18th and 19th Century Women’s Fashion, Kunstgewerbemuseum Berlin

Be inspired by the style of the 18th and 19th century through the dress collection at the Kunstgewerbemuseum in Berlin

As the oldest of its kind in Germany the Kunstgewerbemuseum in Berlin established in 1867 had already made significant acquisitions in the textile world in the early years of the museum. Textile technologies and the development of ornamentation, especially in silk weaving, were of primary interest. Collecting of garments started with the beginning of the 20th century, but by the end of World War II most of the collection was destroyed. Only in the 1970s collecting of garments started anew.

The acquisition of the internationally well reknown Kamer/Ruf fashion collection in 2003 allowed the Kunstgewerbemuseum to build on the significance of its rich collection of textiles and hold its own with comparable museums such as the Victoria & Albert Museum in London, the Museum of Modern Art in New York or the Musée des Arts décoratifs in Paris. This extensive accession documents 300 years of European fashion history with exceptional objects which allows the public audience to follow up on the development of garment through the centuries and discover the latest trends of each era.

Dress and costume gallery
The fashion galleries of the Kunstgewerbemuseum are organized by era. In this gallery you can explore ladies and men’s fashion of the 18th century.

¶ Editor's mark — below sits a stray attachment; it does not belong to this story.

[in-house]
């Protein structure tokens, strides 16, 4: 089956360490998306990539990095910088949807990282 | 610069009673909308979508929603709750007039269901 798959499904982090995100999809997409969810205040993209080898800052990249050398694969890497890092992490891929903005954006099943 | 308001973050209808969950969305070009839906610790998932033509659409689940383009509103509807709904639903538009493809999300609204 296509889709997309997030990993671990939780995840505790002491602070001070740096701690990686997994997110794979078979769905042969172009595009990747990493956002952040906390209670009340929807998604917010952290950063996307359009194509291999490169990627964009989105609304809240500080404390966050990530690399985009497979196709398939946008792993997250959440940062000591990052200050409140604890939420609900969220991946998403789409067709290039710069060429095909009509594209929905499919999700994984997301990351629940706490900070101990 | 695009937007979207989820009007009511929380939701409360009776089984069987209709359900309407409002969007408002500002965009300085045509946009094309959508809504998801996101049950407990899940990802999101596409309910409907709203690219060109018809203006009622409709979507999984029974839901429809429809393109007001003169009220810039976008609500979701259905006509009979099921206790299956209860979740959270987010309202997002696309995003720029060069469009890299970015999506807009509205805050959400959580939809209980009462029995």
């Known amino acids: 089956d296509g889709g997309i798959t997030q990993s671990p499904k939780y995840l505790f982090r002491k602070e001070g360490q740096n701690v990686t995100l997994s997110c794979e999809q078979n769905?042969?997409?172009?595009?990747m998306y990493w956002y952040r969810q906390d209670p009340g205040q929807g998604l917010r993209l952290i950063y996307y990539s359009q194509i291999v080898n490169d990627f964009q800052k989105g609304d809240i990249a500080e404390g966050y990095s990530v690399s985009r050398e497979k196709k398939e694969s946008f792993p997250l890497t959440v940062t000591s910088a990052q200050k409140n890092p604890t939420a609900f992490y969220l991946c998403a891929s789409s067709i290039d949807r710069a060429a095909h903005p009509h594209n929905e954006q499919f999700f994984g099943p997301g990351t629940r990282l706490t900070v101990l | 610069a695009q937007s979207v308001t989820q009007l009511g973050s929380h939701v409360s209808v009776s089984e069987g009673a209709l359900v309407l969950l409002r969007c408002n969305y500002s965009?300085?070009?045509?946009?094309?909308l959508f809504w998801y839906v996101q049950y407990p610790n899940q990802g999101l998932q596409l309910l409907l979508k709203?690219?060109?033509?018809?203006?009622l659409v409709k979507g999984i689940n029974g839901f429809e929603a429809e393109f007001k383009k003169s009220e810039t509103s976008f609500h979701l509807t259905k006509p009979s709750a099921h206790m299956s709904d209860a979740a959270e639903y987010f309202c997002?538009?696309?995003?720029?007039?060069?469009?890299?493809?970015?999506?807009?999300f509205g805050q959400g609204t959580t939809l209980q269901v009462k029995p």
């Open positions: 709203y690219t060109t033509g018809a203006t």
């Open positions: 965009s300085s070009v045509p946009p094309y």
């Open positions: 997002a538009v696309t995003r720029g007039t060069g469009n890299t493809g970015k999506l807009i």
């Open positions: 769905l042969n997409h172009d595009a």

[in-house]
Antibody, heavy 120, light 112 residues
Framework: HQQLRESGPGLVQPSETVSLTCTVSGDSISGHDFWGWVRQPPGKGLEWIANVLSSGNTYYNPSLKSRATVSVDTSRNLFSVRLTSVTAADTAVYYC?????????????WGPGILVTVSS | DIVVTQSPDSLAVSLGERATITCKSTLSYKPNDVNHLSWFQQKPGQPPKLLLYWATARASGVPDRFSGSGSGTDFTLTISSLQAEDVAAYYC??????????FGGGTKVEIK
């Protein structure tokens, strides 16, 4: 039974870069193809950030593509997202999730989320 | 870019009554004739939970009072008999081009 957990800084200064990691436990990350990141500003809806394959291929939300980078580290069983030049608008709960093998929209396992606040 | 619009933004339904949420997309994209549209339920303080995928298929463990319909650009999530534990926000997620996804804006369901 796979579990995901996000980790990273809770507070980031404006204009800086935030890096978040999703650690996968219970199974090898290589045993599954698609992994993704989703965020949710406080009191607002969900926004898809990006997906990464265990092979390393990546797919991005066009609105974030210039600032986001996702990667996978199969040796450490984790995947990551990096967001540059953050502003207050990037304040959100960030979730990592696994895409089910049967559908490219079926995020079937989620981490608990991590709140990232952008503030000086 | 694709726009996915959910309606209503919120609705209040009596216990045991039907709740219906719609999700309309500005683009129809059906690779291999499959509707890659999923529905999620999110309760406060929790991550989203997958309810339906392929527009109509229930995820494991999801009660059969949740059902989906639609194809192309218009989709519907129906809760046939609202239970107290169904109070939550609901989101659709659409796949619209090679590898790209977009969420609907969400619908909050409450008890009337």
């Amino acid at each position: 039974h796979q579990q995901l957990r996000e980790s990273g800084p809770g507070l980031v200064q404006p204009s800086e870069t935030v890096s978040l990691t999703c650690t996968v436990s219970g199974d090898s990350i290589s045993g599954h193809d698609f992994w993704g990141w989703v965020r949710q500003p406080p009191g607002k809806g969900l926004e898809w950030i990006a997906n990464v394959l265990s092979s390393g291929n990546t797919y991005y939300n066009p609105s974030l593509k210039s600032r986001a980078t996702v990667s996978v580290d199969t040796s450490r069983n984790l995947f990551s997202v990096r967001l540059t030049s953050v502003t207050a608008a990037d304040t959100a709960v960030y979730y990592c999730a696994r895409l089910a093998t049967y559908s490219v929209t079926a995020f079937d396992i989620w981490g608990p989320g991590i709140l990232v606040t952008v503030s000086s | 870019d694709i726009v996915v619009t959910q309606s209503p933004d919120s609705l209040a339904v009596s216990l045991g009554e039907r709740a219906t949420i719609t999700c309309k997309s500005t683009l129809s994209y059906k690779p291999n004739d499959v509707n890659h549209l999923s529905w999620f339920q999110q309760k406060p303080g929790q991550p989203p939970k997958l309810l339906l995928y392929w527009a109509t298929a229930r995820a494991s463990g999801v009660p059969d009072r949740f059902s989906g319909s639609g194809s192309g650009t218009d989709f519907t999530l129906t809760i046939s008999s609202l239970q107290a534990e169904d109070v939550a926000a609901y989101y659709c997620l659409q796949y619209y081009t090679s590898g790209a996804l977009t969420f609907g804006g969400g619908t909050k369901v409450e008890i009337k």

The fashion and costume collection was particularly enriched in 2003 by the acquisition of the Kamer / Ruf collection and in 2005 by the takeover of the collection of the Berlin fashion designer Uli Richter . The main works of this collection are shown since 2014 in the newly established exhibition focus “Fashion Art Works” on the ground floor. In the basement, in the “Neue Sammlung” 20th century arts and crafts are supplemented by industrial products.

To present its huge range of exhibits, covering a multitude of styles and materials, the Kunstgewerbemuseum offers a variety of themed tours. The new fashion gallery beckons as soon as you enter. In large showcases, installed in rooms lit dimly for conservation purposes, mannequins model around 130 costumes and accessories. Representing 150 years of fashion history, the display conveys a sense of strolling through a shopping arcade, with the creations of such famous couturiers as Paul Poiret, Elsa Schiaparelli and Christian Dior in the windows. This is the first time that Berlin has had a permanent exhibition covering every aspect of fashion. The core of the display is the international collection of Martin Kamer and Wolfgang Ruf, which was purchased in 2003.

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Addressed by the Berlin fashion designers Brachmann, William Fan, Firkant, Marina Hoermanseder, Barre Noire, Sample-cm, Michael Sontag, Steinrohner, Nobi Talai and Philomena Zanetti. They created new work using the Kunstgewerbemuseum’s Richter Collection as inspiration, developing modern designs in their own respective styles. The designers’ creations will be shown in the third part of the exhibition before the viewer is released back out into the diverse fashion metropolis of Berlin.